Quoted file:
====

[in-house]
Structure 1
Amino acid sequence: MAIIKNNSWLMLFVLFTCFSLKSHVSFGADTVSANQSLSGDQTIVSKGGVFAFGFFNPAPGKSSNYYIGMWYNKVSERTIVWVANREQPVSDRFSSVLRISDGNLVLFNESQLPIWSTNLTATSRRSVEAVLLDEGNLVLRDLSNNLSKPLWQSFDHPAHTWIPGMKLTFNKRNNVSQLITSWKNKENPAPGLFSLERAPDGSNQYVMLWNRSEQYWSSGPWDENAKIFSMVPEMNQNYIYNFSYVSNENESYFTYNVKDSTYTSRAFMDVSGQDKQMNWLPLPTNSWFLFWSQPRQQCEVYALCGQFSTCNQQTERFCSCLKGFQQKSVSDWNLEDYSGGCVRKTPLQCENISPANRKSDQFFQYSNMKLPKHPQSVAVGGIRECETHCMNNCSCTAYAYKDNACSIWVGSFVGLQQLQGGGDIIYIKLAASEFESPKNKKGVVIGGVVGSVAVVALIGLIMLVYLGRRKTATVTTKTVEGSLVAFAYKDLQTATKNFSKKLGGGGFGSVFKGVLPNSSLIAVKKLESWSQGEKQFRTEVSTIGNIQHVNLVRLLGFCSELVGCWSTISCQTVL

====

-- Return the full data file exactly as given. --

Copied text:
[in-house]
Structure 1
Amino acid sequence: MAIIKNNSWLMLFVLFTCFSLKSHVSFGADTVSANQSLSGDQTIVSKGGVFAFGFFNPAPGKSSNYYIGMWYNKVSERTIVWVANREQPVSDRFSSVLRISDGNLVLFNESQLPIWSTNLTATSRRSVEAVLLDEGNLVLRDLSNNLSKPLWQSFDHPAHTWIPGMKLTFNKRNNVSQLITSWKNKENPAPGLFSLERAPDGSNQYVMLWNRSEQYWSSGPWDENAKIFSMVPEMNQNYIYNFSYVSNENESYFTYNVKDSTYTSRAFMDVSGQDKQMNWLPLPTNSWFLFWSQPRQQCEVYALCGQFSTCNQQTERFCSCLKGFQQKSVSDWNLEDYSGGCVRKTPLQCENISPANRKSDQFFQYSNMKLPKHPQSVAVGGIRECETHCMNNCSCTAYAYKDNACSIWVGSFVGLQQLQGGGDIIYIKLAASEFESPKNKKGVVIGGVVGSVAVVALIGLIMLVYLGRRKTATVTTKTVEGSLVAFAYKDLQTATKNFSKKLGGGGFGSVFKGVLPNSSLIAVKKLESWSQGEKQFRTEVSTIGNIQHVNLVRLLGFCSELVGCWSTISCQTVL